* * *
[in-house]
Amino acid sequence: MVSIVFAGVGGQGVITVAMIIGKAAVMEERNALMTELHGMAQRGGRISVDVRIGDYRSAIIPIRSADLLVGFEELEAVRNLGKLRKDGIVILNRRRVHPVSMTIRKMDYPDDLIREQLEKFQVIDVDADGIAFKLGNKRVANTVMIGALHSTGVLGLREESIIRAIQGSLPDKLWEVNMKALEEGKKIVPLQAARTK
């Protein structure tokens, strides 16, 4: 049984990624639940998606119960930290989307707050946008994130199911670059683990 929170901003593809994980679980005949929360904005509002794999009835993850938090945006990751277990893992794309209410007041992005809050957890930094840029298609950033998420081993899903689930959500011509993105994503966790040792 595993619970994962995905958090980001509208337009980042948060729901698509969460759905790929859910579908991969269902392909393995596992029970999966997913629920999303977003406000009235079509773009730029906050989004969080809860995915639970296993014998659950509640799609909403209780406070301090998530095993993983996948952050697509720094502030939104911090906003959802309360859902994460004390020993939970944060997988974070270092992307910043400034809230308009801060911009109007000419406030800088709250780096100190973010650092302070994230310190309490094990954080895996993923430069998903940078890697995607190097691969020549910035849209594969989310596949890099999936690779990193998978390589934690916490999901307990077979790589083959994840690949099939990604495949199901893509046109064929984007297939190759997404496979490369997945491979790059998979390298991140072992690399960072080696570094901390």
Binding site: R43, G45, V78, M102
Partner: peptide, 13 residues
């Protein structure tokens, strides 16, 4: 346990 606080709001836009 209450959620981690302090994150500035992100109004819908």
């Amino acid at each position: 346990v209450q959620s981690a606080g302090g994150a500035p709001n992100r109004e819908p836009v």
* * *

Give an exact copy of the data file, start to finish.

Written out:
[in-house]
Amino acid sequence: MVSIVFAGVGGQGVITVAMIIGKAAVMEERNALMTELHGMAQRGGRISVDVRIGDYRSAIIPIRSADLLVGFEELEAVRNLGKLRKDGIVILNRRRVHPVSMTIRKMDYPDDLIREQLEKFQVIDVDADGIAFKLGNKRVANTVMIGALHSTGVLGLREESIIRAIQGSLPDKLWEVNMKALEEGKKIVPLQAARTK
């Protein structure tokens, strides 16, 4: 049984990624639940998606119960930290989307707050946008994130199911670059683990 929170901003593809994980679980005949929360904005509002794999009835993850938090945006990751277990893992794309209410007041992005809050957890930094840029298609950033998420081993899903689930959500011509993105994503966790040792 595993619970994962995905958090980001509208337009980042948060729901698509969460759905790929859910579908991969269902392909393995596992029970999966997913629920999303977003406000009235079509773009730029906050989004969080809860995915639970296993014998659950509640799609909403209780406070301090998530095993993983996948952050697509720094502030939104911090906003959802309360859902994460004390020993939970944060997988974070270092992307910043400034809230308009801060911009109007000419406030800088709250780096100190973010650092302070994230310190309490094990954080895996993923430069998903940078890697995607190097691969020549910035849209594969989310596949890099999936690779990193998978390589934690916490999901307990077979790589083959994840690949099939990604495949199901893509046109064929984007297939190759997404496979490369997945491979790059998979390298991140072992690399960072080696570094901390």
Binding site: R43, G45, V78, M102
Partner: peptide, 13 residues
């Protein structure tokens, strides 16, 4: 346990 606080709001836009 209450959620981690302090994150500035992100109004819908």
């Amino acid at each position: 346990v209450q959620s981690a606080g302090g994150a500035p709001n992100r109004e819908p836009v």